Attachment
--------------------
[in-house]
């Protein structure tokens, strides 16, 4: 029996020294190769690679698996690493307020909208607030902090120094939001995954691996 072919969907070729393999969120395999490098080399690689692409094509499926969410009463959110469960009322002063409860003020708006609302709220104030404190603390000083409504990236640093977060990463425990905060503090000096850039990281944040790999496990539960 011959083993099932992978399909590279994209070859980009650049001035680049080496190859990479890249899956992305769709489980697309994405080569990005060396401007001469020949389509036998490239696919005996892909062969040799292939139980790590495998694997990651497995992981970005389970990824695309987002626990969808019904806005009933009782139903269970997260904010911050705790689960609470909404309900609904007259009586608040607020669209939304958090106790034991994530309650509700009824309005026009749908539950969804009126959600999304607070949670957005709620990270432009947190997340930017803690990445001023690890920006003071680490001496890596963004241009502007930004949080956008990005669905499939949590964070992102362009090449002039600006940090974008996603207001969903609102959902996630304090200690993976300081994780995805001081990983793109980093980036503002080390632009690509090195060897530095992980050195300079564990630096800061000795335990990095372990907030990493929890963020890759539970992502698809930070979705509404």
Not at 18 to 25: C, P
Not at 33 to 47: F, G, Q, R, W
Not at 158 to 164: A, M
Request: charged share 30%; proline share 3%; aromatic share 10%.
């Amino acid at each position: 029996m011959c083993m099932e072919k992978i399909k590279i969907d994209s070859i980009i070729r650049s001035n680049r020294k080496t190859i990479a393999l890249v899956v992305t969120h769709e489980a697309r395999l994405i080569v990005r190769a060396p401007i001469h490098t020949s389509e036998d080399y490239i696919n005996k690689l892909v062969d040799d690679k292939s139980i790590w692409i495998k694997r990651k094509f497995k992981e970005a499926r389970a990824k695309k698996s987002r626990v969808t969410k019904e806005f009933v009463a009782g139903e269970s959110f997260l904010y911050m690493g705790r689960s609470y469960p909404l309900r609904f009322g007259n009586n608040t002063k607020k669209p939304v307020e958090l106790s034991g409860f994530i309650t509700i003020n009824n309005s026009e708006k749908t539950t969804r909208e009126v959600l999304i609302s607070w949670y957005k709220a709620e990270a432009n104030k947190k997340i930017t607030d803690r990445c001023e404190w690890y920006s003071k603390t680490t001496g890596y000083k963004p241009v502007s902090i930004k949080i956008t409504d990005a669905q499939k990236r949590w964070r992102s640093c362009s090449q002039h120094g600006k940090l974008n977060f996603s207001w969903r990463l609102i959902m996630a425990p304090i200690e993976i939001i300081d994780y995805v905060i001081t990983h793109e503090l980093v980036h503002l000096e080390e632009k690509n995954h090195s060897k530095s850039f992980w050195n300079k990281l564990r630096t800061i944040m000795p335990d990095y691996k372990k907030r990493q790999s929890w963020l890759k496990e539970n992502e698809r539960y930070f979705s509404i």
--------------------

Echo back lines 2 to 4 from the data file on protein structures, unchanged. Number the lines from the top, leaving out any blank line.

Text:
């Protein structure tokens, strides 16, 4: 029996020294190769690679698996690493307020909208607030902090120094939001995954691996 072919969907070729393999969120395999490098080399690689692409094509499926969410009463959110469960009322002063409860003020708006609302709220104030404190603390000083409504990236640093977060990463425990905060503090000096850039990281944040790999496990539960 011959083993099932992978399909590279994209070859980009650049001035680049080496190859990479890249899956992305769709489980697309994405080569990005060396401007001469020949389509036998490239696919005996892909062969040799292939139980790590495998694997990651497995992981970005389970990824695309987002626990969808019904806005009933009782139903269970997260904010911050705790689960609470909404309900609904007259009586608040607020669209939304958090106790034991994530309650509700009824309005026009749908539950969804009126959600999304607070949670957005709620990270432009947190997340930017803690990445001023690890920006003071680490001496890596963004241009502007930004949080956008990005669905499939949590964070992102362009090449002039600006940090974008996603207001969903609102959902996630304090200690993976300081994780995805001081990983793109980093980036503002080390632009690509090195060897530095992980050195300079564990630096800061000795335990990095372990907030990493929890963020890759539970992502698809930070979705509404």
Not at 18 to 25: C, P
Not at 33 to 47: F, G, Q, R, W